5 Most Common Nutritional Deficiencies and How to Beat Them


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4. Vitamin B12

Approximately 40 percent of the US population doesn’t get enough vitamin B 12. A deficiency of vitamin B12 (cobalamin) is a special issue because of a rapidly aging population, and older adults are more prone to not absorb this vitamin sufficiently. Other groups who are more likely to have an inadequate level of this vitamin include vegetarians and vegans and individuals who have celiac disease, inflammatory bowel disease or other digestive issues, and people who have undergone gastrointestinal surgery.

Vitamin B12 is necessary for blood formation, synthesis of DNA, energy production, and development of myelin. It’s easy to miss a deficiency of vitamin B12 since it can take up to a decade or longer before the symptoms become apparent. They include mental fog, fatigue, apathy, mood swings, problems with memory, muscle weakness, and tingling in the arms and legs. 

Animal foods such as beef, eggs, salmon, scallops, shrimp, and poultry are sources of vitamin B12, which means individuals who follow a plant-based diet should look for foods fortified with B12, which includes many cereals and non-dairy beverages. When it comes to supplements, sublingual drops and sprays, as well as injections (usually reserved for more serious deficiencies) provide the best absorption, while oral tablets do not. Look for methylcobalamin supplements, as they are better absorbed than cyanocobalamin.

5. Iron

The World Health Organization has identified iron deficiency as the “most common and widespread nutritional disorder in the world.” Iron-deficiency anemia is prevalent among both developing and developed countries. In the United States, the deficiency is believed to be as high as 20 percent and even 50 percent, depending on the population studied.

Read more about iron deficiency

Iron is probably best valued for is its ability to provide hemoglobin, a protein in red blood cells, which is essential for life. Iron also is a key player in the function of various enzymes and proteins and facilitates the transport of oxygen and regulation of cell growth.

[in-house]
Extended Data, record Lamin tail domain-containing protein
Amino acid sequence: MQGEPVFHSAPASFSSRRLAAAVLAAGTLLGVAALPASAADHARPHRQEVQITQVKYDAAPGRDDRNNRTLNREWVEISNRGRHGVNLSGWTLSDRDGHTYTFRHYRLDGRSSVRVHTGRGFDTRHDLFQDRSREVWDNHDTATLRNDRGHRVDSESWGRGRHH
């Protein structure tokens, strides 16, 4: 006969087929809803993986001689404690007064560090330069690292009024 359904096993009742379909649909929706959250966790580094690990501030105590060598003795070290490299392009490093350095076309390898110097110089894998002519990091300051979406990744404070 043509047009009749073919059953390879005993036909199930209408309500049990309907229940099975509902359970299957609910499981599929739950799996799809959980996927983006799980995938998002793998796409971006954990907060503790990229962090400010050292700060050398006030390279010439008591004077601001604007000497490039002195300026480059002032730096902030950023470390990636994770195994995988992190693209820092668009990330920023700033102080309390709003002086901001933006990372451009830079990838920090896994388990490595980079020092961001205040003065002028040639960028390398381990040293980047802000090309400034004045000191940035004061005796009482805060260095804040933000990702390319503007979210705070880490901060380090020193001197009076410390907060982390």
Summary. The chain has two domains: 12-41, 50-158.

You may be familiar with the phrase “iron-poor blood,” which is associated with anemia, fatigue, and a compromised immune system. People who have too little iron frequently experience these symptoms, as well as paleness, shortness of breath, and tingling in the legs.

You can boost your dietary iron intake by including foods rich in heme iron or nonheme iron. Heme iron is found in red meat, fish, and poultry, while nonheme iron is found in plant foods such as beans and legumes, tofu, dark chocolate (yum!), spinach, and iron-fortified cereals and other foods. You also can cook in iron pots.

If you choose to take iron supplements, talk with a healthcare professional first. Typically it’s best to take iron supplements in two or three doses during the day and to take each dose with vitamin C to improve absorption. (This tip applies to eating foods rich in iron as well!) Taking iron supplements with milk, caffeine, calcium, or antacids reduces absorption.

When choosing an iron supplement, ferrous iron is more bioavailable than ferric iron. Iron supplements can cause constipation and other gastrointestinal side effects, which can appear when taking around 45 mg daily or more. Heme iron polypepetides, iron amino acid chelates, and polysaccharide iron complexes are less likely to cause side effects.

It’s advisable to have your iron levels checked (a simple blood test) before you begin supplementation or increasing your dietary iron. Too much iron can be problematic as well, since it can accumulate in the body and cause significant cell damage.

Remember that nutrients work synergistically—some more so than others—and that correcting one deficiency will likely impact your body’s need and/or utilization of others. So while recognizing and correcting nutritional deficiencies is critical, it’s also wise to review your entire nutritional intake—food and supplements—to ensure you’re in balance.

SOURCES:
Ginde AA et al. Demographic differences and trends of vitamin D insufficiency in the US population, 1988-2004. Archives of Internal Medicine 2009; 169(6): 626-32
Khodabandehloo N et al. Determining functional vitamin B12 deficiency in the elderly. Iranian Red Crescent Medical Journal 2015 Aug 23; 17(8):e13138
Killip S et al. Iron deficiency anemia. American Family Physician 2007 Mar 1; 75(5): 671-78
Leaf A. Prevention of sudden cardiac death by n-3 polyunsaturated fatty acids. Journal of Cardiovascular Medicine (Hagerstown) 2007 Sep; 8 Suppl 1:S27-29
National Institutes of Health, Office of Dietary Supplements. Iron
NutritionData.self.com
Pawlak R. Is vitamin B12 deficiency a risk factor for cardiovascular disease in vegetarians? American Journal of Preventive Medicine 2015 Jun; 48(6): e11-26
Rosanoff A et al. Suboptimal magnesium status in the United States: are the health consequences underestimated? Nutrition Reviews 2012 Mar; 70(3): 153-64
University of Maryland Medical Center. Magnesium
USDA Agricultural Research Service. Vitamin B12 deficiency
Vitamin D Council

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By Deborah Mitchell| July 13, 2017
Categories:  Eat

About the Author

Deborah Mitchell

Deborah Mitchell

Deborah is a freelance health writer who is passionate about animals and the environment. She has authored, co-authored, and written more than 50 books and thousands of articles on a wide range of topics. Currently she lives in Tucson, Arizona. Visit her at deborahmitchellbooks.com.



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